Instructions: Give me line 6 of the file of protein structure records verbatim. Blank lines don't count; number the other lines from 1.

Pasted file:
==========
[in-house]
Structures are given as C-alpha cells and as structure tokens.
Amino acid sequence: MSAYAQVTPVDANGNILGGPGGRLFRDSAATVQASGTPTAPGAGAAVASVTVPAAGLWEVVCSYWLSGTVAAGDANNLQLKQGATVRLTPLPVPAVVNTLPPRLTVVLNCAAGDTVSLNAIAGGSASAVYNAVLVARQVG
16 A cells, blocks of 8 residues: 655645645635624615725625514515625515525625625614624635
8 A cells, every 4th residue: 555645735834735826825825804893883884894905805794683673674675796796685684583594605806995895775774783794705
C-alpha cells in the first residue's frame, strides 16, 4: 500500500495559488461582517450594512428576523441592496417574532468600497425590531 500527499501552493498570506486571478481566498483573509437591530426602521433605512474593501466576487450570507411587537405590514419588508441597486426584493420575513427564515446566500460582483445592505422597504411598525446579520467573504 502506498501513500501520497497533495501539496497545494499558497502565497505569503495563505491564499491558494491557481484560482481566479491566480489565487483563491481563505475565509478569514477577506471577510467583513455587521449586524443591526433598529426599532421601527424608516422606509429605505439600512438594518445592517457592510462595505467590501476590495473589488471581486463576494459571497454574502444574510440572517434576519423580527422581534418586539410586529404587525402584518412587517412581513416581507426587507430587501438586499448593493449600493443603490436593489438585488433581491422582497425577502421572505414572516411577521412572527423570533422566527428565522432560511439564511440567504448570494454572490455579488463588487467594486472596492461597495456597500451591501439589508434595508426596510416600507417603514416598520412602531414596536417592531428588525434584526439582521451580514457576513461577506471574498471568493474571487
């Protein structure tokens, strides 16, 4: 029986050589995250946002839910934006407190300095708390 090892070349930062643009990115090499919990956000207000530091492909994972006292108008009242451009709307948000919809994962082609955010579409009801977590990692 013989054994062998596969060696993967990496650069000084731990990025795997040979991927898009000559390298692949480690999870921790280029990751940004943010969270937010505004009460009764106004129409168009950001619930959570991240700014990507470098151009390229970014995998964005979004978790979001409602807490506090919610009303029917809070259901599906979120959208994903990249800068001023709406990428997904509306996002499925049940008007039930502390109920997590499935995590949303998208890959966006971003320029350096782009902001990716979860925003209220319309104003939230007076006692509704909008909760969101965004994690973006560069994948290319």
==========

C-alpha cells in the first residue's frame, strides 16, 4: 500500500495559488461582517450594512428576523441592496417574532468600497425590531 500527499501552493498570506486571478481566498483573509437591530426602521433605512474593501466576487450570507411587537405590514419588508441597486426584493420575513427564515446566500460582483445592505422597504411598525446579520467573504 502506498501513500501520497497533495501539496497545494499558497502565497505569503495563505491564499491558494491557481484560482481566479491566480489565487483563491481563505475565509478569514477577506471577510467583513455587521449586524443591526433598529426599532421601527424608516422606509429605505439600512438594518445592517457592510462595505467590501476590495473589488471581486463576494459571497454574502444574510440572517434576519423580527422581534418586539410586529404587525402584518412587517412581513416581507426587507430587501438586499448593493449600493443603490436593489438585488433581491422582497425577502421572505414572516411577521412572527423570533422566527428565522432560511439564511440567504448570494454572490455579488463588487467594486472596492461597495456597500451591501439589508434595508426596510416600507417603514416598520412602531414596536417592531428588525434584526439582521451580514457576513461577506471574498471568493474571487